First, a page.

5   acting chairperson today and I would like to


  6   welcome you to the Antiviral Drugs Advisory


  7   Committee.


  8             Today we are going to discuss the new drug


  9   application 21-797 and 21-798 for entecavir tablets


 10   and entecavir oral solution, respectively, by


 11   Bristol-Myers Squibb Company.  These drugs are


 12   proposed for the treatment of patients with chronic


 13   hepatitis B infection.


 14             With that, I would like to call the


 15   meeting to order and introduce the committee


 16   members.  In fact, I will have you introduce


 17   yourselves because that would be better.  I would


 18   like to just remind everyone on this committee that


 19   this is being transcribed and so, before you speak,


 20   you are going to need to identify yourself but, for


 21   now, if we could just start maybe with Dr. Sun and


 22   just introduce yourself and your affiliation.


 23             DR. SUN:  Eugene Sun, Abbott Laboratories.


 24             DR. GERBER:  John Gerber, University of


 25   Colorado Health Sciences Center.




  1             DR. WASHBURN:  Ron Washburn, Shreveport VA


  2   and LSU.


  3             DR. FISH:  Douglas Fish, Albany Medical


  4   College, Albany, New York.


  5             DR. HERBERT:  Ron Herbert, National


  6   Institutes of Environmental Health Sciences and the


  7   National Toxicology Program.


  8             DR. SHERMAN:  Ken Sherman, University of


  9   Cincinnati.


 10             DR. JOHNSON:  Victoria Johnson, University


 11   of Alabama at Birmingham.


 12             DR. PAXTON:  Lynn Paxton, Centers for


 13   Disease Control and Prevention.


 14             DR. WOOD:  Lauren Wood, National Cancer


 15   Institute.


 16             MR. GRODECK:  Brett Grodeck, patient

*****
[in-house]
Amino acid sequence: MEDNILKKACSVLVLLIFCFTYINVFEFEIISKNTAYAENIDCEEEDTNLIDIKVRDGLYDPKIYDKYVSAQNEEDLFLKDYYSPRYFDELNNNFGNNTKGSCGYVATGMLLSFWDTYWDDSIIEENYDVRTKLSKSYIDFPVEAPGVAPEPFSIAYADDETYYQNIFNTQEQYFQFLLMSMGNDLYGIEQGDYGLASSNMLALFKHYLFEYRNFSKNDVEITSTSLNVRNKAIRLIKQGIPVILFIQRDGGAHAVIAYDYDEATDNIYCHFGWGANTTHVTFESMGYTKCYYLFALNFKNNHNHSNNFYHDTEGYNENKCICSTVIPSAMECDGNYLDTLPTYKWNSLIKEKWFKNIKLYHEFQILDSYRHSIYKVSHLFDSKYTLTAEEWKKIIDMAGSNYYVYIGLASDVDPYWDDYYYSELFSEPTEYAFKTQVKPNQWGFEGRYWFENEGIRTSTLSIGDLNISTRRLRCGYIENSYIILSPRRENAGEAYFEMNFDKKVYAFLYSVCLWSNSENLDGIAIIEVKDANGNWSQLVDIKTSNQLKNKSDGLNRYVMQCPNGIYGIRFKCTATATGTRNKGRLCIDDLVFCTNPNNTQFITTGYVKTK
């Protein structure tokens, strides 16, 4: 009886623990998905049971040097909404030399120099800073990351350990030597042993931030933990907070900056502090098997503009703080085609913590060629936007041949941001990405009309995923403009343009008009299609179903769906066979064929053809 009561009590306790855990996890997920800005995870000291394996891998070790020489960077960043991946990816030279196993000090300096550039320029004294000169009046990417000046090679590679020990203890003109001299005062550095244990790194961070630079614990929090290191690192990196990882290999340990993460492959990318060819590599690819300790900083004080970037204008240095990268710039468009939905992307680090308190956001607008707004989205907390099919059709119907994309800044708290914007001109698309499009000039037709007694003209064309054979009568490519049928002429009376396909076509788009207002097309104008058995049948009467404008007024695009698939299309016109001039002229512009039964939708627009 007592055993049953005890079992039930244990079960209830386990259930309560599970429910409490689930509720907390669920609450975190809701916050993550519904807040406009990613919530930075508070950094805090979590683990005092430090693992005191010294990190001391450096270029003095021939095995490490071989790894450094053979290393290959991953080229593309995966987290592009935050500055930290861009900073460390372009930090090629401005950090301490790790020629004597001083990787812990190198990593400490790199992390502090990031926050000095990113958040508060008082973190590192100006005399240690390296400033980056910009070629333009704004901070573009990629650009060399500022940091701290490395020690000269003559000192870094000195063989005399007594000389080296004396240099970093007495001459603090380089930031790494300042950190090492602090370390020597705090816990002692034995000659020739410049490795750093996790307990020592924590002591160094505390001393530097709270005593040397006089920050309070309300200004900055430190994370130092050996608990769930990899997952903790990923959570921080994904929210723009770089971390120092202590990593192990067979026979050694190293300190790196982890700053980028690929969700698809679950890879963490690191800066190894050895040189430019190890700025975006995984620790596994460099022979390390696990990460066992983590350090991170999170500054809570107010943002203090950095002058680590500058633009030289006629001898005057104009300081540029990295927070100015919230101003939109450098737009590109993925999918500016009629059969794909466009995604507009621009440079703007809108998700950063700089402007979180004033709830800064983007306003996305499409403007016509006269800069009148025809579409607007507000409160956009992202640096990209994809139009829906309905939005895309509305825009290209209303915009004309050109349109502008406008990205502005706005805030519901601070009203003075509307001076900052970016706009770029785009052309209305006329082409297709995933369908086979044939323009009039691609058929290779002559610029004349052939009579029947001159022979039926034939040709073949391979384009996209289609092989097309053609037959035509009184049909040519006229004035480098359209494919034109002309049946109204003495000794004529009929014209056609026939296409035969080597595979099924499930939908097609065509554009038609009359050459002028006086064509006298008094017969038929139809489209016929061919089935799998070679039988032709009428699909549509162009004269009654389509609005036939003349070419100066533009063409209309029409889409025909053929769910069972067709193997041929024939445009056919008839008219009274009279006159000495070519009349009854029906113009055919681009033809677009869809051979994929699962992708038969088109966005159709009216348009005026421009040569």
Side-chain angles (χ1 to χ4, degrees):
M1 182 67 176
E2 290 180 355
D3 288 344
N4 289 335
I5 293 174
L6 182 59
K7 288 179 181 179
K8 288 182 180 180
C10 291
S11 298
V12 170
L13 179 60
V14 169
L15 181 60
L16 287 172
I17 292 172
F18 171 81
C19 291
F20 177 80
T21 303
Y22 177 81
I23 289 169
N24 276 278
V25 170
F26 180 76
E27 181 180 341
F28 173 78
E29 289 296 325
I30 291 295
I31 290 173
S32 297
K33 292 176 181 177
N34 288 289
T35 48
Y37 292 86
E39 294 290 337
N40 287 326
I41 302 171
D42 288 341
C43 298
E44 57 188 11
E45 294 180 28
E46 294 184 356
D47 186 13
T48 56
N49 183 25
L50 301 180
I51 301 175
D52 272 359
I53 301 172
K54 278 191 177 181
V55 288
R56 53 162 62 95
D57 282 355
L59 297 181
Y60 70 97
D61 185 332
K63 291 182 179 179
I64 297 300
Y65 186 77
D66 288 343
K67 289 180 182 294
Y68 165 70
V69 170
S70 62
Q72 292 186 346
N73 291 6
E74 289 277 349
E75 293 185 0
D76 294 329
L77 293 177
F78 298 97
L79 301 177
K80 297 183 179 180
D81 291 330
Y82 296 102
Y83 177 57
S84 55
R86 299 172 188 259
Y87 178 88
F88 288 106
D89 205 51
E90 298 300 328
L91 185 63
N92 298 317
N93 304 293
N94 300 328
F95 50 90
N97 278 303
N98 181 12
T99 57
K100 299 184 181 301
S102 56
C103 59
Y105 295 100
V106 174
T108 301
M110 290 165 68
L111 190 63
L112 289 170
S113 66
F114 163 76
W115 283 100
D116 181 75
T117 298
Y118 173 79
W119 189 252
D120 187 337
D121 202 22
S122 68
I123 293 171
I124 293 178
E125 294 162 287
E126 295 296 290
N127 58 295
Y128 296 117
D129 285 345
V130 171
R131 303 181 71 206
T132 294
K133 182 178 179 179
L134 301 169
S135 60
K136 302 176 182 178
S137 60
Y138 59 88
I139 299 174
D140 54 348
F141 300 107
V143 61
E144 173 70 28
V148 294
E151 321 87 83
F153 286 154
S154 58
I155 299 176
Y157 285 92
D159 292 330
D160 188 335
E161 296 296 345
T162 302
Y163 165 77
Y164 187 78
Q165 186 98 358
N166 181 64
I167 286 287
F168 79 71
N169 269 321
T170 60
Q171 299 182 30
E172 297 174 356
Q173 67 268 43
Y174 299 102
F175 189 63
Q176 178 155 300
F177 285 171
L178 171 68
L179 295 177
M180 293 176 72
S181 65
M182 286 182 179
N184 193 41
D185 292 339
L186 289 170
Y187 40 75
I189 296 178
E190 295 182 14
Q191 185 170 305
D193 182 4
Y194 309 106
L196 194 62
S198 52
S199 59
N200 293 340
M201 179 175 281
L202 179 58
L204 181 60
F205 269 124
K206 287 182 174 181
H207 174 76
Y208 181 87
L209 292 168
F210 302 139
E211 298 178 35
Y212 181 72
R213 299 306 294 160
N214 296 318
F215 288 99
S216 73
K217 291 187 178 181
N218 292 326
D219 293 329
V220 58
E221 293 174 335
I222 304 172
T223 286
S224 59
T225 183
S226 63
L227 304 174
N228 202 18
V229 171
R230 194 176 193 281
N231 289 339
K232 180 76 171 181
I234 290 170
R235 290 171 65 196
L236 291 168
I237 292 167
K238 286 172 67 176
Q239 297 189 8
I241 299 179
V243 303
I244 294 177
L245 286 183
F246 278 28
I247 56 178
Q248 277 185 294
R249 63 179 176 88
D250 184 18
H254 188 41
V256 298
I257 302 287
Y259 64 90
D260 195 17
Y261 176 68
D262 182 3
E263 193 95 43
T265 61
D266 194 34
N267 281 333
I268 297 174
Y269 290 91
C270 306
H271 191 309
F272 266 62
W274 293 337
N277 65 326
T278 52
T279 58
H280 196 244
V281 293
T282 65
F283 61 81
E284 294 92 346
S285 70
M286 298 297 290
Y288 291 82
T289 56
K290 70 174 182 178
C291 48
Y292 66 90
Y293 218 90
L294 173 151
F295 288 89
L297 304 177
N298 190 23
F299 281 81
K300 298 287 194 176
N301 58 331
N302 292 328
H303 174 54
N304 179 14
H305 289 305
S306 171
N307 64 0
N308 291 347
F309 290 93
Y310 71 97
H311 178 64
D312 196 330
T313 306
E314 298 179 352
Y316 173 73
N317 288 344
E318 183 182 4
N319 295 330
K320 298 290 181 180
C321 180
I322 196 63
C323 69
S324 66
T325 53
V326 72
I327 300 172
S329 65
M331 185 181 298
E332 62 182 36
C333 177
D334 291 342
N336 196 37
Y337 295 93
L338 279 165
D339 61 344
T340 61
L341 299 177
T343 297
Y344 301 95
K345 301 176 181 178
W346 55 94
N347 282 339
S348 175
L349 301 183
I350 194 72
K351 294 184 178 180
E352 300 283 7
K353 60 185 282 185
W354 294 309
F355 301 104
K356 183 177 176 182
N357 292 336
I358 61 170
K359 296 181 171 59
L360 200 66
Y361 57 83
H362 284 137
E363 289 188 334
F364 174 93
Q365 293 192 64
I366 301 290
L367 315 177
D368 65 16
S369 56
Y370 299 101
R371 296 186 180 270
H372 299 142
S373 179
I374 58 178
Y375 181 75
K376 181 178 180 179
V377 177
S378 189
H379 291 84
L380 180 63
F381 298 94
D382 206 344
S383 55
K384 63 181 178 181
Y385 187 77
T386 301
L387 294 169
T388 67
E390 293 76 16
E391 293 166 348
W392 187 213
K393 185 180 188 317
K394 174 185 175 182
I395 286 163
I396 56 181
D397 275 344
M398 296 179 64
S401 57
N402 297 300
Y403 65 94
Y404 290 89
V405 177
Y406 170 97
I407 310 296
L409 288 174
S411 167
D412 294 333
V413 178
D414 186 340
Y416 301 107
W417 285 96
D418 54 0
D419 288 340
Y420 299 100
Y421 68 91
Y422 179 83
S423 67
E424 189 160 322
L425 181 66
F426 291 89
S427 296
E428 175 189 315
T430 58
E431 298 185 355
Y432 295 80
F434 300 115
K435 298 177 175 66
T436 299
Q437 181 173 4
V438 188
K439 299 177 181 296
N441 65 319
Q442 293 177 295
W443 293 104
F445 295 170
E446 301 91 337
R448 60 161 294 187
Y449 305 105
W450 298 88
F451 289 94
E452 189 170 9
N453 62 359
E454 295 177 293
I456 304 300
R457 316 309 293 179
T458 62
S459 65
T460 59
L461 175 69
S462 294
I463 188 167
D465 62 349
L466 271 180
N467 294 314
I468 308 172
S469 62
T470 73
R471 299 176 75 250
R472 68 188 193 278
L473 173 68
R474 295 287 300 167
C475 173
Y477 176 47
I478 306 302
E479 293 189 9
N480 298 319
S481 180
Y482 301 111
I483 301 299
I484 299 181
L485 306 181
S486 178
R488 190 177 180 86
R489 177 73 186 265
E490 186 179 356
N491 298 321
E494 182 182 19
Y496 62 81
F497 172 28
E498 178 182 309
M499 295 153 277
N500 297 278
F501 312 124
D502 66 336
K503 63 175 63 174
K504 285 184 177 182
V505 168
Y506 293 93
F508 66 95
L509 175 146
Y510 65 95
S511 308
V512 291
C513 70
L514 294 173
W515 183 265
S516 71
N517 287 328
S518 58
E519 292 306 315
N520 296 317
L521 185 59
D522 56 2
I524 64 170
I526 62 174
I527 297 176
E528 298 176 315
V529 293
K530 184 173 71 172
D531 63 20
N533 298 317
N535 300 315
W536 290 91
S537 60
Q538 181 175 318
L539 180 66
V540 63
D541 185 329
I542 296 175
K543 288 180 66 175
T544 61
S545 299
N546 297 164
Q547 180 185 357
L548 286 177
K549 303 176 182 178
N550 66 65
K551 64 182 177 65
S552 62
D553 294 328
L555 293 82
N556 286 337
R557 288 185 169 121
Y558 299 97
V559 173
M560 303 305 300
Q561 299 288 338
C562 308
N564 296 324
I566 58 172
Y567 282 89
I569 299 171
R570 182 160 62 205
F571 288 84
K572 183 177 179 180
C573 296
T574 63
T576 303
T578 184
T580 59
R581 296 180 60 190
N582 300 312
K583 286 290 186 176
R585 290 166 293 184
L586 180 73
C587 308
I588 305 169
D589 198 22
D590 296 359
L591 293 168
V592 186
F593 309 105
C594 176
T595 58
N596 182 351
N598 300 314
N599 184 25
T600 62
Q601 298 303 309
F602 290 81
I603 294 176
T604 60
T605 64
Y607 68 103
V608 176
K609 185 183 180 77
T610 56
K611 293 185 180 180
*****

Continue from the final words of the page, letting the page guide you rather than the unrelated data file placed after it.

17   representative.


 18             MS. PATEL:  Anuja Patel, Executive


 19   secretary for the Antiviral Drugs Advisory




  1   Committee, the Food and Drug Administration.


  2             DR. ENGLUND:  I am Janet Englund, from


  3   Children's Hospital and University of Washington,


  4   in Seattle.


  5             DR. DEGRUTTOLA:  Victor DeGruttola,


  6   Harvard School of Public Health.


  7             DR. BARTLETT:  I am John A. Bartlett, from


  8   Duke University.


  9             DR. HAUBRICH:  Richard Haubrich,


 10   University of California in San Diego.


 11             DR. MUNK:  Bob Munk, consumer


 12   representative.


 13             DR. SEEFF:  Leonard Seeff, Liver Disease


 14   Branch, NIDDK, National Institutes of Health.


 15             DR. BELL:  Beth Bell, Centers for Disease


 16   Control and Prevention.


 17             DR. SCHWARZ:  Kathy Schwarz, Johns Hopkins


 18   University.


 19             DR. FARRELLY:  Jim Farrelly, Division of


 20   Antiviral Drugs, FDA.


 21             DR. LEWIS:  Linda Lewis, Division of


 22   Antiviral Drugs, FDA.


 23             DR. BIRNKRANT:  Debbie Birnkrant, Division


 24   Director, Division of Antiviral Drugs, Food and


 25   Drug Administration.




  1             DR. ENGLUND:  And Dr. Mark Goldberger,


  2   from the FDA, will be joining us momentarily.  At


  3   this point I would like to have Anuja Patel read


  4   for us the conflict of interest statement.


  5                  Conflict of Interest Statement